With regard to the employee assistance scheme, we have considered both of your statements carefully and we have the following questions about how your proposals will work in practice.
What is the basis for excluding Iraqis who worked less than 12 months for British entities? This appears to be an arbitrary stipulation, especially given that the standard employment cycle used by the British military is only six months. The principal criterion for acceptance on the scheme should be vulnerability. As it stands, the scheme will exclude large numbers of equally vulnerable people who may have worked for shorter periods, but who also have legitimate claims to international protection. This provision also fails to account for Iraqis whose period of service was divided between the British and the Americans or other international forces.
Why are Iraqis who worked for the British before January 2005 excluded? This cut-off date is similarly arbitrary and unfair. We have heard from Iraqis who have worked for international entities in Iraq before that date and who have still been targeted by armed groups as a consequence. These people are just as vulnerable as those whose employment was more recent.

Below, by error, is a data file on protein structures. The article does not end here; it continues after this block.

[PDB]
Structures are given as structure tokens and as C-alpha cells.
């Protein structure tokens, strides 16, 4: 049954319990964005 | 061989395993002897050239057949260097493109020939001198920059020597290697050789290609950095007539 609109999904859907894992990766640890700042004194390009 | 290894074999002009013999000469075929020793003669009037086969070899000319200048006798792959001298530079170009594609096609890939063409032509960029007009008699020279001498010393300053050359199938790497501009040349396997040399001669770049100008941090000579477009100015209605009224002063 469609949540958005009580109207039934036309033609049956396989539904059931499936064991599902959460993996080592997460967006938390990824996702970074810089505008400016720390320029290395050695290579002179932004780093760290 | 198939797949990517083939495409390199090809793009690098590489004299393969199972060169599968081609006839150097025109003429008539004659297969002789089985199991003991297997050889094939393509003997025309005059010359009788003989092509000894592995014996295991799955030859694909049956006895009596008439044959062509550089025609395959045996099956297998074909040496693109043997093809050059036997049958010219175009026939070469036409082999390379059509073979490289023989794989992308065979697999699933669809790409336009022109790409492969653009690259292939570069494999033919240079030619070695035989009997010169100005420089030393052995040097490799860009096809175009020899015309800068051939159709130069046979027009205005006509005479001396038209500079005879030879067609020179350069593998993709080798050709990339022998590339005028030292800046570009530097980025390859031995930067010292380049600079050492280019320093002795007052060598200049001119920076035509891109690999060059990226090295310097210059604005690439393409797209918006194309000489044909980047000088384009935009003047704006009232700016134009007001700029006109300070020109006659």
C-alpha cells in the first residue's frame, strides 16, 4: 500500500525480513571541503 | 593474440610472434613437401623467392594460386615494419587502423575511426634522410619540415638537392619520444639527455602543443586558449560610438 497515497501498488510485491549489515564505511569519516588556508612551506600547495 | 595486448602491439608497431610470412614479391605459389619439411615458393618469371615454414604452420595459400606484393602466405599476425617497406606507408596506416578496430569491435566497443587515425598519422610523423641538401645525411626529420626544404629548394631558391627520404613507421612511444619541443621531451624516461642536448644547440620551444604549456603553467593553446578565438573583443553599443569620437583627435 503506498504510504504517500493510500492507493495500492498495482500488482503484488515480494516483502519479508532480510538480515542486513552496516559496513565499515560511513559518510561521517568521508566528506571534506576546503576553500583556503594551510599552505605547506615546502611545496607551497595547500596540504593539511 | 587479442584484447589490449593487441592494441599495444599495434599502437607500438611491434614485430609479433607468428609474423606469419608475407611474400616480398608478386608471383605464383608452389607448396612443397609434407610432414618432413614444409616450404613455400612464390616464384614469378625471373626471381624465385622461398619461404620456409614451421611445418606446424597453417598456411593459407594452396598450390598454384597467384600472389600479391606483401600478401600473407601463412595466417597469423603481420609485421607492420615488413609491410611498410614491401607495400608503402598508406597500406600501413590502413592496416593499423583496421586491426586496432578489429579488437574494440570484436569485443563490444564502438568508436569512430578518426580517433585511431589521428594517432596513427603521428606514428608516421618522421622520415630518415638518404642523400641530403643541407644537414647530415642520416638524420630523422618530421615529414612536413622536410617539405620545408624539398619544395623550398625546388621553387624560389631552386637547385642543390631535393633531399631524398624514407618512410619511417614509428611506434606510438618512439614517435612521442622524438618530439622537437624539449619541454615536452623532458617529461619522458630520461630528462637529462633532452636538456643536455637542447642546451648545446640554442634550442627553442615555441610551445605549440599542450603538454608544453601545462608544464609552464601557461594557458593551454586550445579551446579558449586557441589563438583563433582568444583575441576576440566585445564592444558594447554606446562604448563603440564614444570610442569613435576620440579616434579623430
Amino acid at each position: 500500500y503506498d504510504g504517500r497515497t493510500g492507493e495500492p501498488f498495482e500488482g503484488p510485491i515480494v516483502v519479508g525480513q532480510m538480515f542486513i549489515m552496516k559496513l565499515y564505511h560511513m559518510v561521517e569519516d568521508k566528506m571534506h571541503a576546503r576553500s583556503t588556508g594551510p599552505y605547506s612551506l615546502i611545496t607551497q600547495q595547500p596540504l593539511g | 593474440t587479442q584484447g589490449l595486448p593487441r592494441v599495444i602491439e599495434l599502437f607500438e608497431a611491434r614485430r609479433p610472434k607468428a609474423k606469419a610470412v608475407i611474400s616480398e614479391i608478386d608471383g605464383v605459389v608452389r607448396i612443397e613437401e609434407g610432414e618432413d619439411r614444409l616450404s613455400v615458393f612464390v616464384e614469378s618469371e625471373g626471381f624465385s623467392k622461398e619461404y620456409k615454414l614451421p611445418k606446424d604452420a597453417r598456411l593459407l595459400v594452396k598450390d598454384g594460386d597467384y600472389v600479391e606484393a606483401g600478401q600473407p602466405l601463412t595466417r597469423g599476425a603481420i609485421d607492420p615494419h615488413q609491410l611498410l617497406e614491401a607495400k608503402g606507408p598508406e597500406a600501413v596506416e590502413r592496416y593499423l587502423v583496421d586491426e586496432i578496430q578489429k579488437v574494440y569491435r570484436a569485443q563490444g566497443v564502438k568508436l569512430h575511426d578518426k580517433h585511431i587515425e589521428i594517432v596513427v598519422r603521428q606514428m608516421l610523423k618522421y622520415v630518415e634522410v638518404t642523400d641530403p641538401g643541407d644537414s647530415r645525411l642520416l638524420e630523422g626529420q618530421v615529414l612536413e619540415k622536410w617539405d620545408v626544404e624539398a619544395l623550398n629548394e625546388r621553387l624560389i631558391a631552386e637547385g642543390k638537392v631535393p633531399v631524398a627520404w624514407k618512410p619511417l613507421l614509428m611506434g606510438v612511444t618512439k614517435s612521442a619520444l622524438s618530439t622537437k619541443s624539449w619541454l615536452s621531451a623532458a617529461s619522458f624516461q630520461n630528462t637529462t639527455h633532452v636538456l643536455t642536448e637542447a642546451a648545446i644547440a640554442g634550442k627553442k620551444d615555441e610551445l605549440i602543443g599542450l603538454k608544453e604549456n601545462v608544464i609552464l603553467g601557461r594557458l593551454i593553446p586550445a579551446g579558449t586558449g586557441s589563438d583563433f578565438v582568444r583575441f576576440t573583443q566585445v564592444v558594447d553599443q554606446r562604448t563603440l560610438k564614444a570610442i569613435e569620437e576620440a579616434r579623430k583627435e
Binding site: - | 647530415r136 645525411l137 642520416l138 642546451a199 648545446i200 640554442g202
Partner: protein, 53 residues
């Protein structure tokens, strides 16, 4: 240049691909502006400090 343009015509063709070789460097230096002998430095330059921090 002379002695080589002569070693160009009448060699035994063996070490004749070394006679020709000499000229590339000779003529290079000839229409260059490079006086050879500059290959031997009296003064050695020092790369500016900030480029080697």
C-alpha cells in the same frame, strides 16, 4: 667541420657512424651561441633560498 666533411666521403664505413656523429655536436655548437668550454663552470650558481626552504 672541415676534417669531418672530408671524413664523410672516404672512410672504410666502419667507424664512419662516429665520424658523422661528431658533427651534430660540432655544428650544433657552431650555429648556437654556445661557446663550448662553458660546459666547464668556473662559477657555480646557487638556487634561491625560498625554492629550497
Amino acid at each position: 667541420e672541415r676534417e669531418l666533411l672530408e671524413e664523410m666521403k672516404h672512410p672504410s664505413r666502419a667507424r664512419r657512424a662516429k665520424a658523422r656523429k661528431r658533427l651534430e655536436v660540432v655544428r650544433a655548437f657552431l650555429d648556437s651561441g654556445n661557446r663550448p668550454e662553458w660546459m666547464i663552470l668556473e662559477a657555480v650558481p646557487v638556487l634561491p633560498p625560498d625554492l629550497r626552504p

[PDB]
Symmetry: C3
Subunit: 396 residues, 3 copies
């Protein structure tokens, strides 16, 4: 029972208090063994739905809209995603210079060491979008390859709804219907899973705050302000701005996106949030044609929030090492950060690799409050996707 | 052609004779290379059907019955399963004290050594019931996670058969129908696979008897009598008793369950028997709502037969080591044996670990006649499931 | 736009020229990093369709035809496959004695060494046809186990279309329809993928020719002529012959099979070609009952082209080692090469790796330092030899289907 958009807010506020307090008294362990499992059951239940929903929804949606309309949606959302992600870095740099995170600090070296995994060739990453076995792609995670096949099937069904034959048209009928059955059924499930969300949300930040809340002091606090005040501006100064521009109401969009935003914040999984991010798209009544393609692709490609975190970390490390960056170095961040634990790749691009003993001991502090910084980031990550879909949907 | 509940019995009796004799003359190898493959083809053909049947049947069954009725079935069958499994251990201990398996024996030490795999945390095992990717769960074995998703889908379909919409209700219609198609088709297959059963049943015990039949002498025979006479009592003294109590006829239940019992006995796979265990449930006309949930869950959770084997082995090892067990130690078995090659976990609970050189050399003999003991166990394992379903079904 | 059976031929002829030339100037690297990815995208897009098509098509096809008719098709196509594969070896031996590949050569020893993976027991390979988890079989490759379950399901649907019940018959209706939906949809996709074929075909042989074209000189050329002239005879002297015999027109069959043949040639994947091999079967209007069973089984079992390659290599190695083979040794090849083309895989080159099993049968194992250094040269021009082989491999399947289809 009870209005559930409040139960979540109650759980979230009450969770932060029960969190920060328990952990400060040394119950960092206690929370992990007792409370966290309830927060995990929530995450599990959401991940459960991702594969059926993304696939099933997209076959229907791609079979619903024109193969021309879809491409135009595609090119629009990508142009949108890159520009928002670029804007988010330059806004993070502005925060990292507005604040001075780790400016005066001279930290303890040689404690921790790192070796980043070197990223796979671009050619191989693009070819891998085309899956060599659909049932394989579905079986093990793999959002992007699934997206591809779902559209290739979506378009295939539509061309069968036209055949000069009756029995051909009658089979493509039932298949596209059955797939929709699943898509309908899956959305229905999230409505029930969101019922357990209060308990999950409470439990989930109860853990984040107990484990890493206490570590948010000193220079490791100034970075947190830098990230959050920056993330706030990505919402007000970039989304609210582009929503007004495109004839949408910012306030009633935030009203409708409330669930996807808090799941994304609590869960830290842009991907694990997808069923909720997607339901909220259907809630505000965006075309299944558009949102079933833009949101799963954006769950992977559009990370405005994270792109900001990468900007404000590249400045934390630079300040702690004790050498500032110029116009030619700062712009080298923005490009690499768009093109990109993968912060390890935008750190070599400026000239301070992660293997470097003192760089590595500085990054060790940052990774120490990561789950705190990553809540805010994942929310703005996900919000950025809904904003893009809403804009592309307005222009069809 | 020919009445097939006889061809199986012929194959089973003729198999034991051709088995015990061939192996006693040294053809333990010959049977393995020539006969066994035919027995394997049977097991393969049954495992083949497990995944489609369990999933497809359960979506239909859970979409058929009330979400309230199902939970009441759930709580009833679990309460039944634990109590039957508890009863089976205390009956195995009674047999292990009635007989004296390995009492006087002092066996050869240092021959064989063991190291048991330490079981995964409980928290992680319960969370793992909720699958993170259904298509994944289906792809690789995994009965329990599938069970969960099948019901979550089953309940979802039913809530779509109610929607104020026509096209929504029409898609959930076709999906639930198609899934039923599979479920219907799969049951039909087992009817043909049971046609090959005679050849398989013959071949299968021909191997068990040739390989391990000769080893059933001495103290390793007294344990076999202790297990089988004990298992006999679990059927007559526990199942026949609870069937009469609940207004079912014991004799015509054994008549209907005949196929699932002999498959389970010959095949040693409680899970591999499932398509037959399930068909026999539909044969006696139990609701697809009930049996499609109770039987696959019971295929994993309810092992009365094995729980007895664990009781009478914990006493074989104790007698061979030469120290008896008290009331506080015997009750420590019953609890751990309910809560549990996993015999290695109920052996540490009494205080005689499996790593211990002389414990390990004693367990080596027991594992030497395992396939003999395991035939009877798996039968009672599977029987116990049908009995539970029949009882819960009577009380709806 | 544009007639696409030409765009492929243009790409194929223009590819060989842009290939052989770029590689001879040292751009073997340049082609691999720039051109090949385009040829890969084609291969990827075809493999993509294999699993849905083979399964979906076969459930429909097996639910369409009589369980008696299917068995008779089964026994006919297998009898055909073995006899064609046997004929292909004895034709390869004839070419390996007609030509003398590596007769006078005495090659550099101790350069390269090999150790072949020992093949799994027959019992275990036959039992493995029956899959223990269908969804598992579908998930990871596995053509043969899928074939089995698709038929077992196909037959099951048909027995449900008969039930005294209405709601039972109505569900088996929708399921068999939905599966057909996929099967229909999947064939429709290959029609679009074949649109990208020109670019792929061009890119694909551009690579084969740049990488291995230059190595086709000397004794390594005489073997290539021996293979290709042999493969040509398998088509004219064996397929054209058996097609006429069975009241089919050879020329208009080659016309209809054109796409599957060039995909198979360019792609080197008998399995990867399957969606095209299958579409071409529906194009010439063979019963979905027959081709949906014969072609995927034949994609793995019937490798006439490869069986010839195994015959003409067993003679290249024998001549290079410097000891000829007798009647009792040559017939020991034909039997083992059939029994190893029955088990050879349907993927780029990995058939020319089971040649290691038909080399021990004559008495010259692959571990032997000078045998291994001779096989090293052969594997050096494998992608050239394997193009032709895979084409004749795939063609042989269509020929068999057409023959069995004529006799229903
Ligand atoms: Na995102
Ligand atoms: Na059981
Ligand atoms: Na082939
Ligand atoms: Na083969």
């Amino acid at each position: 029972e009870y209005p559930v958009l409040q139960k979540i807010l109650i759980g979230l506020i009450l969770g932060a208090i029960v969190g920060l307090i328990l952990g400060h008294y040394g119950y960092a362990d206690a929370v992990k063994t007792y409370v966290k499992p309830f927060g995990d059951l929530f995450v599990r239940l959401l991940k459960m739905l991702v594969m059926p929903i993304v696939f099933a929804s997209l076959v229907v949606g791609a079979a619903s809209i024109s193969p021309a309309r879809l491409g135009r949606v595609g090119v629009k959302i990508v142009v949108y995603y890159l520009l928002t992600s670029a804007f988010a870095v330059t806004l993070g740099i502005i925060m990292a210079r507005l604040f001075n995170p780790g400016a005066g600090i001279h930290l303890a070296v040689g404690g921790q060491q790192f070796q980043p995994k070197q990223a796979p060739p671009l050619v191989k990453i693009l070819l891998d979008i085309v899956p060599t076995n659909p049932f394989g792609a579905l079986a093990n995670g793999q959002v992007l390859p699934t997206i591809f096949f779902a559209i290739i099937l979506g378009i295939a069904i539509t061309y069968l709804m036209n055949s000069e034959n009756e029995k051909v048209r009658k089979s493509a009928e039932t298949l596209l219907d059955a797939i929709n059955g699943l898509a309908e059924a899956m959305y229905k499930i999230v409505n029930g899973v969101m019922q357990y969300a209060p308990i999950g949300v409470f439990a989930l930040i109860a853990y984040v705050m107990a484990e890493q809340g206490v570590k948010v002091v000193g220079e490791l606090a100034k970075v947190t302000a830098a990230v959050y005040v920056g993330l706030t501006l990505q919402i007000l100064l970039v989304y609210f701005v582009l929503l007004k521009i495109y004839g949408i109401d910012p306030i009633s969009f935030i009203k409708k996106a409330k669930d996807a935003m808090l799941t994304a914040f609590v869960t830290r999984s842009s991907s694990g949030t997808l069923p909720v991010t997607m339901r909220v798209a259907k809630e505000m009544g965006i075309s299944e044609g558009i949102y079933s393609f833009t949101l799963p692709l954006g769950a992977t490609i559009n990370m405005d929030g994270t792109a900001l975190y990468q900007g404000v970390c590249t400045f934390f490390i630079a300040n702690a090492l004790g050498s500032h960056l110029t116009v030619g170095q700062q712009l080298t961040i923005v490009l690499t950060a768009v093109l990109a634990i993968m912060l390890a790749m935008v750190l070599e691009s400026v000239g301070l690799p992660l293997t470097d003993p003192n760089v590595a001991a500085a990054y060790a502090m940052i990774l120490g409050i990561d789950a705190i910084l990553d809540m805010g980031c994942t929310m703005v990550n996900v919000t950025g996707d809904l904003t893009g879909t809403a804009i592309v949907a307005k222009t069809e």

Why are former employees who did not require a high level of English in their work excluded? The scheme only provides for former employees who served as ‘interpreters/translators or in similarly skilled or professional roles necessitating the regular use of written or spoken English’. This excludes the many thousands of former employees and contractors who are equally vulnerable but did not use high-level English as part of their work.
How will beneficiaries of the financial assistance package actually relocate in practice? Given the incredible danger that anyone moving in Iraq now faces, and with strict border controls now operating in all neighbouring countries as well as 11 of Iraq’s 18 provinces, it is practically impossible for vulnerable Iraqis to seek refuge in other parts of the country or the region. This has long been the position of the UNHCR, which has consistently argued that there is no realistic Internal Flight Alternative.